Received Date: June 22, 2015 Accepted Date: July 27, 2015 Published Date: August 3, 2015
Citation: Innocent MI, George E, Kelechi OI (2015) Expectant Management of Severe Preeclampsia Remote From Term In A Rural Setting of Niger Delta, Nigeria: Is It Time to Define a Protocol?. J Hypertens 4:203. doi:10.4172/2167-1095.1000203
Copyright: © 2015 Innocent MI, et al. This is an open-access article distributed under the terms of the Creative Commons Attribution License, which permits unrestricted use, distribution, and reproduction in any medium, provided the original author and source are credited.
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Background: Severe preeclampsia is one of the leading causes of maternal and perinatal mortality worldwide. Management of cases remote from term poses a great challenge to the caregiver and the patient. This is more pronounced in developing countries with limited resources and high premium on children. This article highlighted the challenges in the management and we presented a successfully expectant management of a case in a rural setting.
Case presentation: We presented Mrs JV, a 33 year old booked G7P1 with no living child who presented at the gestational age of 24 weeks plus 3 days with severe hypertension and proteinuria. Expectant management was instituted and pregnancy was ended via an emergency caesarean section at 29 weeks of gestation with delivery of extreme low birth baby. Both mother and baby are in good health.
Conclusion: Management of severe preeclampsia remote from term should be individualized and can be feasible in a rural setting in developing countries. Availability of tertiary health institutions in rural settings will help in the management of these patients.
Expectant management; Severe preeclampsia; Remote from term; Rural setting
Severe pre-eclampsia occurring remote from term (mid trimester) is a decision making dilemma for the obstetrician. Although some obstetricians may choose to manage these patients conservatively, hoping to achieve fetal lung mature before delivery, the general recommendation is that women with severe pre-eclampsia should be delivered after stabilization to avert maternal complications [1,2]. Since the disease is progressive and there is no medical treatment, delivery is always in the best interest of the mother . However, while some institutions consider delivery to be definitive therapy for all cases, regardless of the gestational age, others recommend prolonging pregnancy in most cases of severely premature pre-eclamptic gestations until one of the following occurs: development of fetal lung maturity, development of fetal or maternal distress, or achievement of gestational age of 34 to 36 weeks of gestation [1,3,4].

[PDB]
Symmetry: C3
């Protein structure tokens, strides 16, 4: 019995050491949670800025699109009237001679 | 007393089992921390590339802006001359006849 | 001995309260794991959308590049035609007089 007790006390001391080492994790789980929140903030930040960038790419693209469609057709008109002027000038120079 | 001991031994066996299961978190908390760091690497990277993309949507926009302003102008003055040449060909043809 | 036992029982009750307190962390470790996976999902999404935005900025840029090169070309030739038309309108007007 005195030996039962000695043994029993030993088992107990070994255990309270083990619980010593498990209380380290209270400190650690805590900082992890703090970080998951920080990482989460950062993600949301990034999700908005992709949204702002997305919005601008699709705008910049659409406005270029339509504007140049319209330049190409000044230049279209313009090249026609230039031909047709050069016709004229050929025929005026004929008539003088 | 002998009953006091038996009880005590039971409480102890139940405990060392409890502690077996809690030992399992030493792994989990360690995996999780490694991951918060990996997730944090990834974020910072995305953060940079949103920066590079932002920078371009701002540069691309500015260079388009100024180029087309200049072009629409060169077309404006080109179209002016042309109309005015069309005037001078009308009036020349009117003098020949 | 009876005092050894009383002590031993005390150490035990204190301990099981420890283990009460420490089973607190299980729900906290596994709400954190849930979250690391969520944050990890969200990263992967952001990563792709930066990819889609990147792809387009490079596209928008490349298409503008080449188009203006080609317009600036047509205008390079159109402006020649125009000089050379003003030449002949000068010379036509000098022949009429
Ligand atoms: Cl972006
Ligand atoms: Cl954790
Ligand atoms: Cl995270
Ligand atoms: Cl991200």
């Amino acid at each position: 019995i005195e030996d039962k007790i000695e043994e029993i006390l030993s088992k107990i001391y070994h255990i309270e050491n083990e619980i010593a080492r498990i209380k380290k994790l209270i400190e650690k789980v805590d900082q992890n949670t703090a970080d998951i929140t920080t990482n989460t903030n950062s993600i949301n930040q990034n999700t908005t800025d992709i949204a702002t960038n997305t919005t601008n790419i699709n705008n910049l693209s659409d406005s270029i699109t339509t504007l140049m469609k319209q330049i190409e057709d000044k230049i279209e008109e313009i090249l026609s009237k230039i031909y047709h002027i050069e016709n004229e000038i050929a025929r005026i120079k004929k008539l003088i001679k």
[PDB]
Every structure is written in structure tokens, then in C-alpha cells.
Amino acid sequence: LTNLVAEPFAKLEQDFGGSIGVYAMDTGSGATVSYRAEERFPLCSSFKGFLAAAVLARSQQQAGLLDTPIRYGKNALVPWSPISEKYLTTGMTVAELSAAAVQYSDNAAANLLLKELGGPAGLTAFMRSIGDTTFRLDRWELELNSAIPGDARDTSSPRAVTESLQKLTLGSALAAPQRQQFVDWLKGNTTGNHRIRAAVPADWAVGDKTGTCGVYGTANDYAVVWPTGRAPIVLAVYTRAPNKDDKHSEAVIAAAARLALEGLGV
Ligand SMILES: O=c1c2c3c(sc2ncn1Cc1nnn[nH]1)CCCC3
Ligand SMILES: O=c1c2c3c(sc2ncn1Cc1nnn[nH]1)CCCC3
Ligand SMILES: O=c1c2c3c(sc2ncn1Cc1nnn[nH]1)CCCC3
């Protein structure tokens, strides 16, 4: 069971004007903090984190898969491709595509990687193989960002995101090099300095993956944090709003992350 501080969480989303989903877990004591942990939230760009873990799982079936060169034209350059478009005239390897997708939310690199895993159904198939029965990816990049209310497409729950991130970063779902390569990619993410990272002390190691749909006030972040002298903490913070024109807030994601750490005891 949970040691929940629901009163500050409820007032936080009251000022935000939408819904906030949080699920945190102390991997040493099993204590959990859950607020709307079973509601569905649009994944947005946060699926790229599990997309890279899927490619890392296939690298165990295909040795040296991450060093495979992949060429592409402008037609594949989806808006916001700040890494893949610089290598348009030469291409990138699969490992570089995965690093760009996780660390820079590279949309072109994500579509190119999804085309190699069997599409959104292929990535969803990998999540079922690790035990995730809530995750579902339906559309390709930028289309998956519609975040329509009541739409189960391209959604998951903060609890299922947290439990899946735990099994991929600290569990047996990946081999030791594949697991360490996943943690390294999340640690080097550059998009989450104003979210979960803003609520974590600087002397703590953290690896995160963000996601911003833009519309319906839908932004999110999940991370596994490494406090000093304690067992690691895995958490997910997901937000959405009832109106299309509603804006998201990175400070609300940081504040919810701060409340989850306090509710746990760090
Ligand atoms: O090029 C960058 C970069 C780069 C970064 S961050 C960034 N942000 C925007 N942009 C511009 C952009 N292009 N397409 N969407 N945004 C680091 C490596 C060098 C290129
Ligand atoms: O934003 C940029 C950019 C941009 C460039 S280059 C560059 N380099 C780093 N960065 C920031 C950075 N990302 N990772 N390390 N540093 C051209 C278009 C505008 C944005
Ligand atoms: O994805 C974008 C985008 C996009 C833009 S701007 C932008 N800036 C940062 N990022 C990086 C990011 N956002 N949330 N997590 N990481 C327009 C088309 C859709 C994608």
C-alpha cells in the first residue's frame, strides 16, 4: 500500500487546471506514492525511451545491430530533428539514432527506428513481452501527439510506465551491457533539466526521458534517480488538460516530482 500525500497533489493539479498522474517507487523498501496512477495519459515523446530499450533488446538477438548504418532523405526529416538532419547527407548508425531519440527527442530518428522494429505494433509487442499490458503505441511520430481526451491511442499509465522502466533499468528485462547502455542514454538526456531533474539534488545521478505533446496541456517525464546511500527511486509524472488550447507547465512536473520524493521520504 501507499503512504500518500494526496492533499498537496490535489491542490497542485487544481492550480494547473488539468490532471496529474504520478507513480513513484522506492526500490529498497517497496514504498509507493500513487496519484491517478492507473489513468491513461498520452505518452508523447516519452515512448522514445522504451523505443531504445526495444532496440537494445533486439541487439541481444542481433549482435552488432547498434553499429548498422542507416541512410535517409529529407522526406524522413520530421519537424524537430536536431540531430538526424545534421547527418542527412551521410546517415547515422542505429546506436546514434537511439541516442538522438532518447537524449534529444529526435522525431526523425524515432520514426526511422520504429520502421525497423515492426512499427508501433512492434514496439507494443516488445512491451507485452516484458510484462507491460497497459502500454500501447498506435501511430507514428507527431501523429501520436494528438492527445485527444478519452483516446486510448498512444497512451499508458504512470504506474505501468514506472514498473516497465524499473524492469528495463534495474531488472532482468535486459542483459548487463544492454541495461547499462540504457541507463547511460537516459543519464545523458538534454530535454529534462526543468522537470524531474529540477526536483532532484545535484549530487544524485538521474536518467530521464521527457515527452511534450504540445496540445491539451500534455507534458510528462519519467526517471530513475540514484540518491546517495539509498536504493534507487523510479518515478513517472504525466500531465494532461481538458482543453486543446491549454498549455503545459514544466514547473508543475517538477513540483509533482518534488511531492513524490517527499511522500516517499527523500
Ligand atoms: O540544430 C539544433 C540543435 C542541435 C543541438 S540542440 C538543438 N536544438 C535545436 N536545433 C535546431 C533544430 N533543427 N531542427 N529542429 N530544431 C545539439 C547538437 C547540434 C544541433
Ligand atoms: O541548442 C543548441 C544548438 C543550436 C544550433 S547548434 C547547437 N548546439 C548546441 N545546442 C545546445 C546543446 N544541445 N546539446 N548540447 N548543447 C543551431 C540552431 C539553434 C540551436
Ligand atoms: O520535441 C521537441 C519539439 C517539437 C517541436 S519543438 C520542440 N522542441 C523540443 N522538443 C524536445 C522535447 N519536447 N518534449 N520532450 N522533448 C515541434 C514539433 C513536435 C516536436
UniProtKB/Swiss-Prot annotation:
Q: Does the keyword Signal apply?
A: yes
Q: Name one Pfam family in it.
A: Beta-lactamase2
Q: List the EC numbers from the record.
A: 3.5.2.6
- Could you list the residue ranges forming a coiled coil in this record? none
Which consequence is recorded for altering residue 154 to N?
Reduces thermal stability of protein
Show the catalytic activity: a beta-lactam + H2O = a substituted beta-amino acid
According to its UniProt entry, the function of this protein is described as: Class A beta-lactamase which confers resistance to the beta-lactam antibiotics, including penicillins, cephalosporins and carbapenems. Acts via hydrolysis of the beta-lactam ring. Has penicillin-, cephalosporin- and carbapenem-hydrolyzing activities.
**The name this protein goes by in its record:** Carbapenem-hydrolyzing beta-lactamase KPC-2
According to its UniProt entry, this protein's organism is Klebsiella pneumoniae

It is a common observation that some considerable women are unwilling to give consent for termination of pregnancy after stabilization. The major questions remain what should we do when the mother and her partner refused consent for termination of pregnancy in severe pre-eclampsia remote from term. Results have sometimes given unexpected good materno-fetal outcomes [1,3]. On the basis of this experience, we aimed to report this case (among several similar reports) to highlight existing materno-fetal survival following conservative management of severe pre-eclampsia remote from term in a rural community in a developing countries.
Mrs. J V was a 33 yr old booked G7P1+5 with no living child. The gestational age at presentation was 24 weeks and 3 days in the antenatal clinic of Madonna University Teaching Hospital on 15th August 2014 due to increased blood pressure. There was no associated history of headache, dizziness, epigastric pain, nausea and vomiting but there was oedema on both lower limbs. The blood pressure was normal until the day before presentation. Her only confinement in 2011 was complicated by Preeclampsia and abruption placenta. It was ended through emergency caesarean section at 35 weeks of gestation. The neonate died 30 minutes after delivery.
She had 2 episodes of termination of pregnancy and subsequently had three episodes of recurrent miscarriages. There was no history of change of partner.
On examination she was afebrile, not pale, anicteric, not dehydrated, but had bilateral pitting oedema up to the knees. Her blood pressure was 180/110 mmHg, heart sounds 1 and 2 were heard and there was no added sound. The respiratory rate was 16 cycle per minute and the chest was clinically clear.
Abdomen was enlarged, moves with respiration and there was presence of a midline sub-umbilical scar. The symphysio-fundal height was 23cm and the fetal heart rate was 150 beats per minutes.
An assessment of severe pre-eclampsia remote from term was made and she was then counseled and admitted into the prenatal ward for stabilization, investigations and delivery.
On admission the blood pressure was190/110 mmHg. She was given 5 mg hydralazine intravenously slowly over 10-15 mins and placed on antihypetensives, daily low dose aspirin (75 mg) and haematinics.
The vital signs were monitored. The following investigations were done: serum electrolyte, urea and creatinine, full blood count, clotting profile, liver function test and Abdominopelvic ultrasound. Daily urine output was charted and it remained normal.
Her blood pressure remained uncontrolled after 48 hours on admission. A course of dexamethazone was given. Magnessium sulphate was also given according to Pritchard’s regimen.
On day five after admission, she was counseled for termination of pregnancy but she and her husband refused termination of pregnancy and stated that they wanted to continue carrying the pregnancy till about age of fetal viability (28 weeks). The decision to continue conservative management was made. She did daily ward urinalysis, weekly full blood count, liver function test, and serum electrolyte urea and creatinine and abdominopelvic ultrasound.
The investigation results in the first week and second week on admission were essentially normal. Daily ward urinalysis showed persistent 2+ of proteinuria.
In third week of admission, platelet count was 96 (100-300check unit) and haemoglobin (Hb) was 8 gm/dl but clotting profile was normal. She was again counseled on termination of pregnancy, which she refused. She was transfused with 2 units of fresh whole blood.
In the fourth week of admission, liver function test, serum electrolyte, urea and creatinine and full blood count were normal (Hb was 10 g/dl) and ultrasound showed oligohydramnios. She was observed closely for signs of imminent eclampsia. Other investigations done were all normal. However, the blood pressure still remained uncontrolled and proteinuria remained 2+, sublingual nifedipine 20 mg was added in order to achieve a better blood pressure control and reduce the use of IV Hydralazine. After 3 days of sublingual nifedine the blood pressure reduced to 160/100 mmhg and sublingual nifedipine was withdrawn while she continued the other drugs as prescribed earlier.